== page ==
Adapted from Dr. Judith Orloff’s NY Times bestseller “Emotional Freedom: Liberate Yourself From Negative Emotions and Transform Your Life” (Three Rivers Press, 2011)
As a psychiatrist, I believe that dreams provide extraordinary insights into improving your health, relationships and career. I consult my dreams for all important decisions using a technique that I describe in "Emotional Freedom" and below. You'd be surprised by the invaluable advice that your dreams give, either spontaneously or on request.
Science magazine reports that sleeping on a problem, which results in "unconscious thought," can lead to smarter decisions than over-thinking -- especially when it comes to important choices. For instance, if you're going crazy analyzing the pros and cons of a relationship, the Science study suggests that that won't get you very far; rather, it proposes that you think less and sleep on the dilemma, to give your subconscious an opportunity to solve the problem.
I subscribe to the "sleep on it" school of decision-making, which involves drawing on the wisdom of dreams. Why do we dream? To find answers, resolve emotional conflicts and discharge negativity, as well as to stabilize our biochemistry and mood. However, to me, another interesting question is why we wake up. Native American and Aboriginal cultures revere dream-time over waking life; they base tribal law on information obtained there. The Maoris believe that when we die, we return to the dream world. Kalahari Bushmen say, "There is a dream, and it is dreaming us." So, in your own life, your dreams can contain advice that goes beyond the Annals of Internal Medicine.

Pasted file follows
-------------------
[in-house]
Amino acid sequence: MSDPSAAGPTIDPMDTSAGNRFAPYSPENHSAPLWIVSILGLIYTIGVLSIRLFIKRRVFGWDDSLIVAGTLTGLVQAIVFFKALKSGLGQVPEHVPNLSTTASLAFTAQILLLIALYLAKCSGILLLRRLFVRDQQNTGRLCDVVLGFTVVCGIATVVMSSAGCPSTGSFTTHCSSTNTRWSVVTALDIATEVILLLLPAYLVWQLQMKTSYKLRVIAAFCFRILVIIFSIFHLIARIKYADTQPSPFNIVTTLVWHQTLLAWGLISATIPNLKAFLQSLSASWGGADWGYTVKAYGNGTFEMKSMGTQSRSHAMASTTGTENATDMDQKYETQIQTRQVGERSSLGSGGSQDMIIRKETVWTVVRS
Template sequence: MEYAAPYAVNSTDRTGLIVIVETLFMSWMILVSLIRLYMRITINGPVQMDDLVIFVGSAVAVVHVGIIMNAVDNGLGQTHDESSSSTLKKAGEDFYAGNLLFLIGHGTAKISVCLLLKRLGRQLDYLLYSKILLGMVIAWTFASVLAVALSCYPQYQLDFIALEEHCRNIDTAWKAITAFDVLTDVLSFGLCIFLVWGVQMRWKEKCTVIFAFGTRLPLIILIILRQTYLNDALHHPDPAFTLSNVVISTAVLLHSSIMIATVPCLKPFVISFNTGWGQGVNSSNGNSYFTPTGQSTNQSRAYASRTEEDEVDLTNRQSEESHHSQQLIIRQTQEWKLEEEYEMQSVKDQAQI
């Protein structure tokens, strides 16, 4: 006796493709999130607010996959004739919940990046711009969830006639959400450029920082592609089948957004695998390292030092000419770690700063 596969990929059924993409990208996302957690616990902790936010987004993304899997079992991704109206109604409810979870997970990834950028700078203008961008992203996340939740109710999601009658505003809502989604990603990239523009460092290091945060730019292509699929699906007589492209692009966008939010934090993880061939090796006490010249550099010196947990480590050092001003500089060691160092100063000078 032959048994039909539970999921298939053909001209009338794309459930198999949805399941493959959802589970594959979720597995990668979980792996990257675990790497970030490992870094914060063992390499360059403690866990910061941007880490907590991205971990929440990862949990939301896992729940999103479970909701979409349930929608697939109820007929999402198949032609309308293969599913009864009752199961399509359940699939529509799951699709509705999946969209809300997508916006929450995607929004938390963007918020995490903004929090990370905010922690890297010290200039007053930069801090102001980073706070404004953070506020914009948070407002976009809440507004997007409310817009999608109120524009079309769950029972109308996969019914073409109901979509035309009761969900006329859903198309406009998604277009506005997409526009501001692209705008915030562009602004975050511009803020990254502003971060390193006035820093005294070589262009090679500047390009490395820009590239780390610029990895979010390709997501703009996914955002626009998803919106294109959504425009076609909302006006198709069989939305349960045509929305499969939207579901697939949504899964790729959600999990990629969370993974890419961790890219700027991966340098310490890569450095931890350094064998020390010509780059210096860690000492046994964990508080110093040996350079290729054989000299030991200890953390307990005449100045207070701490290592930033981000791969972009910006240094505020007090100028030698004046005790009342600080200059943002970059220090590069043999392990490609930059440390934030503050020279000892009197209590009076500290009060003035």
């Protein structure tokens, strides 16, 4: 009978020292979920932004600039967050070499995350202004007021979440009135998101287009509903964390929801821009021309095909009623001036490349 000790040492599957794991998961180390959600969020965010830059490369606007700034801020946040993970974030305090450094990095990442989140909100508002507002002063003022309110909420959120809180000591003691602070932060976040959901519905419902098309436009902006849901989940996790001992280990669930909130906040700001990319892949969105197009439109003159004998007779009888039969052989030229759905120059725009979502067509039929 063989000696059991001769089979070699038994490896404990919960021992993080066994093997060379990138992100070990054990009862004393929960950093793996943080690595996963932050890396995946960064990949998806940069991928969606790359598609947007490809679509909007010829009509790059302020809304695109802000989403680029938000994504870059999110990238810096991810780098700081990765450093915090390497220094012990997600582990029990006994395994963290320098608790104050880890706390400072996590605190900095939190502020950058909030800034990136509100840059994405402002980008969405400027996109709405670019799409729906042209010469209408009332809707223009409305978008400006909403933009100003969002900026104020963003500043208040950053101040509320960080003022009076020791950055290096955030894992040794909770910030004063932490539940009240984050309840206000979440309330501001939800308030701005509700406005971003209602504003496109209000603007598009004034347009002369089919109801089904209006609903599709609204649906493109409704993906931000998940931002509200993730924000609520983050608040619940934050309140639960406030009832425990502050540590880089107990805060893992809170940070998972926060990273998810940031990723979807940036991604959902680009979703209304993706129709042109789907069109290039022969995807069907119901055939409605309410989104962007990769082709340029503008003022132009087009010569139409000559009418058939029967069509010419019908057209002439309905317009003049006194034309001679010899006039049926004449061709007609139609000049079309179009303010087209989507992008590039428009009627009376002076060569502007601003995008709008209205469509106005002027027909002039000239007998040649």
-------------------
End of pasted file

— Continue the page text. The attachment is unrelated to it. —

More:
How To Remember And Interpret Your Dreams
I recommend the following 5 strategies to remember your dreams:
Try this every day for a week. Keep at it. You are programming your subconscious to remember. Soon it will become second nature to you.
How do you interpret dreams? One key is to notice the most highly charged emotion in the dream -- for instance, anger, fear or joy. Next, ask yourself, "Where in my life am I feeling these emotions?" Then, consider how you can heal the situation or else celebrate a success. In addition, here are some common dreams and their interpretations.
A Guide To Interpreting Common Psychological Dreams (From Emotional Freedom)
Dreams About Your Fears, Anxieties and Insecurities:
Dreams Affirming Your Strengths, Emotional Achievements and Largeness of Spirit:
Dreams let you pinpoint an emotional conflict so that you can solve it. For instance, if you're standing naked before a group of jeering co-workers, ask yourself, "Might I have feelings of being exposed or berated at work?" Then take steps to feel more protected in that environment. Or if, in a dream, you're wandering aimlessly, consider, "Where am I lost in my life, and how can I find my way?" Also, it's crucial to honor the messages of encouragement that dreams send. Emotional freedom comes from removing blocks as well as acknowledging your own clarity and power.